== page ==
This short, short story introduces the character of Sosophra Ikananyar. The events depicted here happened long ago in Fels' history, well before the timeline most of the stories take place.
Her slim recurved sword was forged of a steel no smith of this world had ever seen. It severed the bones of men and beast alike with facile ease, bringing death where life once flourished. And on this day, it had administered death by the thousands. She swept aside all before her as she strode into the vast palace of stone, it standing proud with its colossal statues of heroes long gone.
An armoured warrior challenged her, his shield resplendent with the devices of his house, his sword drenched in the blood of her army. At the foot of the great stairs which led up to the throne, she awaited his charge. Her breathing steadied, her eyes narrowed. Down he came, shield before him, sword held on high, screaming oaths to his lord and god.
He swung a mighty arc with his brand, slashing the cold air in a violent surge of steel. But air is all he touched, for she deftly stepped aside, and let him pass by.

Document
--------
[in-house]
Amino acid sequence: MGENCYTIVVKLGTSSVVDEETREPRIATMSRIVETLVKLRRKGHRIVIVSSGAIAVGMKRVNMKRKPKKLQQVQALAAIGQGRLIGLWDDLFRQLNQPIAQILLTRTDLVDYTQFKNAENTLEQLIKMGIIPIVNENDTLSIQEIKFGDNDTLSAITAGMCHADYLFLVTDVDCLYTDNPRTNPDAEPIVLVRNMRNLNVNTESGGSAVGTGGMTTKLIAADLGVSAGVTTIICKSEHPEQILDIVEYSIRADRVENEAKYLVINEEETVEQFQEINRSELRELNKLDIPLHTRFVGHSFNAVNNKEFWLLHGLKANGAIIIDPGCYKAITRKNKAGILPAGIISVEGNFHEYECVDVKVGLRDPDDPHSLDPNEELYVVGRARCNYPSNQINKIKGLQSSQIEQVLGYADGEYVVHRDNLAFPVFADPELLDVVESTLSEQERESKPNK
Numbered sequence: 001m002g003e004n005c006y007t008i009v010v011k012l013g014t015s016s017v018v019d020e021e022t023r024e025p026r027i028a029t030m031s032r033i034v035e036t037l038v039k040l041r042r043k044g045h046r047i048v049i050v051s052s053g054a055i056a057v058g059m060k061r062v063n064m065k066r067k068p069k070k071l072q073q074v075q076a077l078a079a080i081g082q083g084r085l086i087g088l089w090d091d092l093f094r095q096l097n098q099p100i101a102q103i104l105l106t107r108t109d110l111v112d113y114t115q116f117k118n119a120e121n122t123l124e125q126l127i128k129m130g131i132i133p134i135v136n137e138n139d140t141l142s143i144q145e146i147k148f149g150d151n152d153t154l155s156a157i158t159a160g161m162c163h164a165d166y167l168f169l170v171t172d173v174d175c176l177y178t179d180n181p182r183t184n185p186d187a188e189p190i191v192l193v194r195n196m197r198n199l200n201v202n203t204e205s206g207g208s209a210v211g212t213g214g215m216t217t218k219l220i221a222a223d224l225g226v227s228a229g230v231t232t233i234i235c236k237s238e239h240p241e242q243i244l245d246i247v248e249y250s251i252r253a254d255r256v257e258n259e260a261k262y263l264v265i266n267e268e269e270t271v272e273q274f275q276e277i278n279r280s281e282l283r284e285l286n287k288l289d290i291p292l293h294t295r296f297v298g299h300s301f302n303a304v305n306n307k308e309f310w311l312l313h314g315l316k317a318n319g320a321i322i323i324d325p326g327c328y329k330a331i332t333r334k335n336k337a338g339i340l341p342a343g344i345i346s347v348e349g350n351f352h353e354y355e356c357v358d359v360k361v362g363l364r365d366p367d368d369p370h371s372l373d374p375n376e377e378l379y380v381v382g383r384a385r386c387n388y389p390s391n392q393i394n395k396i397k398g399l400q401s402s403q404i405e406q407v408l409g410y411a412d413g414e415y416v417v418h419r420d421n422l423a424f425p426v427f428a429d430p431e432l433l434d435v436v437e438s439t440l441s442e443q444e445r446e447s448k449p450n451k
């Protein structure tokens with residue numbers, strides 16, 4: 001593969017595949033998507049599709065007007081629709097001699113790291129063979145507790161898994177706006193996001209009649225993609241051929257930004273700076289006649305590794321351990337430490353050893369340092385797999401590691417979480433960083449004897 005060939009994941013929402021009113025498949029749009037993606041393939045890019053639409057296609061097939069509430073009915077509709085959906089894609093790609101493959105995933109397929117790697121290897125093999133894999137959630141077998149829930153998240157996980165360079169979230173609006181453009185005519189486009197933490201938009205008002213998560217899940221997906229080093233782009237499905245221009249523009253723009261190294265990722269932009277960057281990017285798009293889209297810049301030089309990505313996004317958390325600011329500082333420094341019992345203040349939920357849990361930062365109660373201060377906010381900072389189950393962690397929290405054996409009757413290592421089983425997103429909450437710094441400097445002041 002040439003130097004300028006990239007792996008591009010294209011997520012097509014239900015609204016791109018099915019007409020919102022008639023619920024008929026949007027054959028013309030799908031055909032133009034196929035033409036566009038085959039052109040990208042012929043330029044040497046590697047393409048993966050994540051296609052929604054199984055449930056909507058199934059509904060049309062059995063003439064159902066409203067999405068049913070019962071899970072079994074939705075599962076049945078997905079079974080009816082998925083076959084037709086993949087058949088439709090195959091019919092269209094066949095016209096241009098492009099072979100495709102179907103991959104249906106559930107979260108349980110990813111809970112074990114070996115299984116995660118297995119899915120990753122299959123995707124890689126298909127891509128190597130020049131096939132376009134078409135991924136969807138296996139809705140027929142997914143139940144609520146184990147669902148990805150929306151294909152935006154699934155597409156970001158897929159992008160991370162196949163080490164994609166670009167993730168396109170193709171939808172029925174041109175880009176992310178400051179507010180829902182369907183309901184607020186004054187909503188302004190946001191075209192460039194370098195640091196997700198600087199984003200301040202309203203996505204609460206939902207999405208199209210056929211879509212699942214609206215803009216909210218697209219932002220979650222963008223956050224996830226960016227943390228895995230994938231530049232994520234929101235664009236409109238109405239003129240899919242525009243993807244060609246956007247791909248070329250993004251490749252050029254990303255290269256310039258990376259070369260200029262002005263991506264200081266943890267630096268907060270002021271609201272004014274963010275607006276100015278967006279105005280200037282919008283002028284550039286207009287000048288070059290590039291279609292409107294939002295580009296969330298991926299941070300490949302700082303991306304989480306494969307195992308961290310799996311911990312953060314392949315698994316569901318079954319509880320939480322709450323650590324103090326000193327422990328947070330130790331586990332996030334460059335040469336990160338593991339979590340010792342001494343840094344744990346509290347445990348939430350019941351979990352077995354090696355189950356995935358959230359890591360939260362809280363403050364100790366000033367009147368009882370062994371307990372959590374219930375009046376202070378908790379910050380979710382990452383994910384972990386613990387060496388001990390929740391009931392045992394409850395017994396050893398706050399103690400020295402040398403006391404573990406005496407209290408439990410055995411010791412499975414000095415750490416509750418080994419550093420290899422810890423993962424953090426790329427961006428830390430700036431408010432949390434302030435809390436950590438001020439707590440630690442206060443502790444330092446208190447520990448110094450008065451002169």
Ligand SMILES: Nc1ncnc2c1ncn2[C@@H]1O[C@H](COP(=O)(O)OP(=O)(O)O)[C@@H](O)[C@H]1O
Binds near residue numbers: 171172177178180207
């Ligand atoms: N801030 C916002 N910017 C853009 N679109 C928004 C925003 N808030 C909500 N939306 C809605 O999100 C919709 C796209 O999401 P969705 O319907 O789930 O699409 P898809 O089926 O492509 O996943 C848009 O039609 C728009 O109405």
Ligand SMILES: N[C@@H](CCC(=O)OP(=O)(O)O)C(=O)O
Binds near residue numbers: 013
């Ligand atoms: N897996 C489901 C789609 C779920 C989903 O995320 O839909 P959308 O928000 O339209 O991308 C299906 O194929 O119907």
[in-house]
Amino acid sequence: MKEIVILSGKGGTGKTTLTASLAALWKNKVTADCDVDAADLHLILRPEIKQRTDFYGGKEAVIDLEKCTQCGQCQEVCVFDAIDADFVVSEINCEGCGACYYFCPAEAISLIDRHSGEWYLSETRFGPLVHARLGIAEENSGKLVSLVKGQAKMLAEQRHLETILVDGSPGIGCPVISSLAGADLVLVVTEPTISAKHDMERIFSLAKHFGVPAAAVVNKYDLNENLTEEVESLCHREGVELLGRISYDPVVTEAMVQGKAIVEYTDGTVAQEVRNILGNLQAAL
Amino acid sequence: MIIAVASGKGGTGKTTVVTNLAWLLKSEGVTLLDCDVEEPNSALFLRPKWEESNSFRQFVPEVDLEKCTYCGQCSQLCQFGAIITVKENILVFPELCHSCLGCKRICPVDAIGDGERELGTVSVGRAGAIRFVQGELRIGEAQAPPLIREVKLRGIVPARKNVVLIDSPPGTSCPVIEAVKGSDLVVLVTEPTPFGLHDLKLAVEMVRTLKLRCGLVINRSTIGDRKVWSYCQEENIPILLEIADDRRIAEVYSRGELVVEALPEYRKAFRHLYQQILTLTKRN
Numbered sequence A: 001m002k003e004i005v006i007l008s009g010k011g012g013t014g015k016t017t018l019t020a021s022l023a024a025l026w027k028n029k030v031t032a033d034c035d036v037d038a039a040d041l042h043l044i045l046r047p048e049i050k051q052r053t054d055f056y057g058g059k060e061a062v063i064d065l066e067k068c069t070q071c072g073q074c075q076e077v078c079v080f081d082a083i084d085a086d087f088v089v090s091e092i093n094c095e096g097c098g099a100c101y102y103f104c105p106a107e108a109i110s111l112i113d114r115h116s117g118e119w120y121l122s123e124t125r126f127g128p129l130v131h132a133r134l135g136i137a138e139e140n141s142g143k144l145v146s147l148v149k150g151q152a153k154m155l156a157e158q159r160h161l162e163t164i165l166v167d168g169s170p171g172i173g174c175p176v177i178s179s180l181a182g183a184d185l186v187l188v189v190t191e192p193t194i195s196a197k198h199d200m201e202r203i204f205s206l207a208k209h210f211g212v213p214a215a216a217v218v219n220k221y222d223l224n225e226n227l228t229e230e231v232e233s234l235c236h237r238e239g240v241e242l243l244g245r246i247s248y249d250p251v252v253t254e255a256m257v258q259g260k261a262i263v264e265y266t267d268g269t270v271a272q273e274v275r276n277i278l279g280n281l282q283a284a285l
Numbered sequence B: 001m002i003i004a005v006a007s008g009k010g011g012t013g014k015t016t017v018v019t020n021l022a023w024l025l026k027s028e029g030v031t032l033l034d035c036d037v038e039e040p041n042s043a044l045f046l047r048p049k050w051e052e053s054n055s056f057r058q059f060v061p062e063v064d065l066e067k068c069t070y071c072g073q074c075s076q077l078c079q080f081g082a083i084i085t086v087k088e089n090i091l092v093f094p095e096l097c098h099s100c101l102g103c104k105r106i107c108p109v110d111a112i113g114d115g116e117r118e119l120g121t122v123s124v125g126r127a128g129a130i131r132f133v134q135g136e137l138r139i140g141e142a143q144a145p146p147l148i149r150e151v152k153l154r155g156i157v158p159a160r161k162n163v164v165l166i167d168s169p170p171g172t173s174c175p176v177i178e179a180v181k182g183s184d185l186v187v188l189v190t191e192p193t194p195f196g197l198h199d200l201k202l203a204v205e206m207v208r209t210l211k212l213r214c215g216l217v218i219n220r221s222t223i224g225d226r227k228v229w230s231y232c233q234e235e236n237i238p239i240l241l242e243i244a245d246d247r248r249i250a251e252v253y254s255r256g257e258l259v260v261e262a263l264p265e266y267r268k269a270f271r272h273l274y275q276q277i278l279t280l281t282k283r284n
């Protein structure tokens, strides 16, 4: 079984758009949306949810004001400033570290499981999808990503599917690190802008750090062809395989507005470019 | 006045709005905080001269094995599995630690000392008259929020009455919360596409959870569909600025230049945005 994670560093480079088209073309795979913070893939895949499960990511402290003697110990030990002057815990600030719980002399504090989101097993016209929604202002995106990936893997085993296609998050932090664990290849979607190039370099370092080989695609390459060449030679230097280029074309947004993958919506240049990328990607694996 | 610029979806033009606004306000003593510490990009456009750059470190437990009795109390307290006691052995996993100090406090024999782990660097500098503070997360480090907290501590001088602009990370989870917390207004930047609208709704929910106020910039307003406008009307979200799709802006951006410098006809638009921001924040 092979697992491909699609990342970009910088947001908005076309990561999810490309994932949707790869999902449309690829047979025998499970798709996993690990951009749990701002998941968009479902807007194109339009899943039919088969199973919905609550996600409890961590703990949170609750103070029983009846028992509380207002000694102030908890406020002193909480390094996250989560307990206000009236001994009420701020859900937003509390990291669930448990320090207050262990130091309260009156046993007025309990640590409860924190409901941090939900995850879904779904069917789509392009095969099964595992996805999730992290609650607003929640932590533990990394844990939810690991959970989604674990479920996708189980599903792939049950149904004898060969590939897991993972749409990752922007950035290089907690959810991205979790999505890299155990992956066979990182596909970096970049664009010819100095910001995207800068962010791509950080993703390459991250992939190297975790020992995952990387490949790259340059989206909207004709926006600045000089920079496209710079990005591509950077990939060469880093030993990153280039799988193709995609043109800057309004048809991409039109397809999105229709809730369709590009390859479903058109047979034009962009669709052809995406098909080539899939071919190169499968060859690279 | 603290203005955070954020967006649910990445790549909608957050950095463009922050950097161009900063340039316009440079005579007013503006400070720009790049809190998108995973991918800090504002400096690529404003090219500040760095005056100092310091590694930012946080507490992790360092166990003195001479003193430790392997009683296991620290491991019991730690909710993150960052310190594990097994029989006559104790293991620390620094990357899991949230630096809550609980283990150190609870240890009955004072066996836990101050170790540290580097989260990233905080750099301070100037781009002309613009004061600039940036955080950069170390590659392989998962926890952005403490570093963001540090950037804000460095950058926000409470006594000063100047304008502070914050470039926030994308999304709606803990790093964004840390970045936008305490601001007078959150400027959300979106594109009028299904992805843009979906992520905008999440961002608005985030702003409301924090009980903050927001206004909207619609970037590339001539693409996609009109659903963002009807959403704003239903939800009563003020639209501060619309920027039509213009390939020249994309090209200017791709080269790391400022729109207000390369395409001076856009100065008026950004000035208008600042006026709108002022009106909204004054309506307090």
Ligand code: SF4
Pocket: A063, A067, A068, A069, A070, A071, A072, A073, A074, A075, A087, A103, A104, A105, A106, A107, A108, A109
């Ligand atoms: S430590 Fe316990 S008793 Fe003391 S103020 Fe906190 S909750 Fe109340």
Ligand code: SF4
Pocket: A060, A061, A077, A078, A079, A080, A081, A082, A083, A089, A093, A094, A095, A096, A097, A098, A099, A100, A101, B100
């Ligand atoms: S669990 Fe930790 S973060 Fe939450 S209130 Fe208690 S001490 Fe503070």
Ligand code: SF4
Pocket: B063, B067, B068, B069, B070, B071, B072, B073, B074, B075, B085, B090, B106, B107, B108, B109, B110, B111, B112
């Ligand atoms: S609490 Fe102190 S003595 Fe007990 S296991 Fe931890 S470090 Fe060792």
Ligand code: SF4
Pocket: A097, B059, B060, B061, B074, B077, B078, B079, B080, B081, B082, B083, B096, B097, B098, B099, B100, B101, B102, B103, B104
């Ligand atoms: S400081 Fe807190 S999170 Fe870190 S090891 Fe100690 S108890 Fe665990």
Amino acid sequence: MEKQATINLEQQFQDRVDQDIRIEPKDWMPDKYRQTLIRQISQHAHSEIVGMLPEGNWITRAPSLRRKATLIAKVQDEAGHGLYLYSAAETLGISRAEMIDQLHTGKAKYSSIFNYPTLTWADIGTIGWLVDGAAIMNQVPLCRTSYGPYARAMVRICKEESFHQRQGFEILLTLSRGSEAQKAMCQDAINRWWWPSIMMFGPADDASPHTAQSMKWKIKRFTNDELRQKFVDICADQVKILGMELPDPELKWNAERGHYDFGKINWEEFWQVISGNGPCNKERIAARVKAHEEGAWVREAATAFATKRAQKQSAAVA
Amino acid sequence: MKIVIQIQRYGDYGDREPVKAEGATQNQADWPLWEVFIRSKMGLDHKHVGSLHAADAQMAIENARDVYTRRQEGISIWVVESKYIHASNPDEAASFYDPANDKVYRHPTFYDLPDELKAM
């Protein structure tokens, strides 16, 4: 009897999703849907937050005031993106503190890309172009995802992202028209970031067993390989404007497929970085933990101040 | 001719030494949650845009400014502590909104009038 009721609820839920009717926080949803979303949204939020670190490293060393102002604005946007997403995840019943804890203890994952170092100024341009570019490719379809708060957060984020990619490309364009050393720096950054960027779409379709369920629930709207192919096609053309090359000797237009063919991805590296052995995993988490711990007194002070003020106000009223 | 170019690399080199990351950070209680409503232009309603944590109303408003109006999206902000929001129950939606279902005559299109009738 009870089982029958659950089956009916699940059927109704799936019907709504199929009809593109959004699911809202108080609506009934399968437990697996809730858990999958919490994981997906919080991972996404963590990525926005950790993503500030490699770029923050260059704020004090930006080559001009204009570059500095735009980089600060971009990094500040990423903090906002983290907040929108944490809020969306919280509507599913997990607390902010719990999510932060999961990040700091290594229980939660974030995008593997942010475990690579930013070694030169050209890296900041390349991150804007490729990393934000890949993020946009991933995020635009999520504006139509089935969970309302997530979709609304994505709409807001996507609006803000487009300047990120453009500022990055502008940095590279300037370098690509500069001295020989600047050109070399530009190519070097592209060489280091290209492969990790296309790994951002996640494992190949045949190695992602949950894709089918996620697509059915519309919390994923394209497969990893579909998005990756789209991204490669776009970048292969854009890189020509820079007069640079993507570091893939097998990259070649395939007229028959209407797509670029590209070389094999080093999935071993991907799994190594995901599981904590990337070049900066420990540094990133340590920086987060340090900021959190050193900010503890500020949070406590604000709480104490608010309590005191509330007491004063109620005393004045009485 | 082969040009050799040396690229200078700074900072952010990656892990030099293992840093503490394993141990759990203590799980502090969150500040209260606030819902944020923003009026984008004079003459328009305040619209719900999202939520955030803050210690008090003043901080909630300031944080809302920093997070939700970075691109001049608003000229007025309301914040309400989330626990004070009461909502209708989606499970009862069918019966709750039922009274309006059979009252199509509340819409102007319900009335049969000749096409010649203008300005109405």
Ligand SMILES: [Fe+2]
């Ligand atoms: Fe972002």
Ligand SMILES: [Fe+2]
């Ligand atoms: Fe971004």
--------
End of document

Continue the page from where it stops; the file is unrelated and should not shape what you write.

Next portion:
Then she gave her own answer. In a blinding flash, her sword cut through the bones and sinews of his neck, and both his head and the proud morion he wore flew through the air, landing and clattering away on the marbled floor. Seeing their champion slain, the remaining defenders threw down their arms and sued for mercy.
They got none. With a wave, she ordered her army to destroy the enemy, while she ascended the long, broad stairs to the waiting, empty throne. She did not heed the cries of the defeated, nor the exultant shouts of victory from her army.
Her eyes, red and feral, were fixed on the plain seat of dressed stone before her. She allowed herself the vestige of a smile as she sheathed her otherworldly sword. Her long back cape billowed behind her as she turned about to survey the devastation from the lofty vantage. An overwhelming sense of achievement coursed through her veins, the sensation of victory almost orgiastic.
She seated herself and crossed her legs, resting her arms on her lap. Then she smiled, her face radiant with triumph. Her army raised an enormous cheer, booming like a portent off the vast and high walls of the palace.
Her arms spread to embrace her people, and her voice carried throughout the palace. ‘I am Sosophra Ikananyar, and in the name of Maorth, Girsadea is mine.’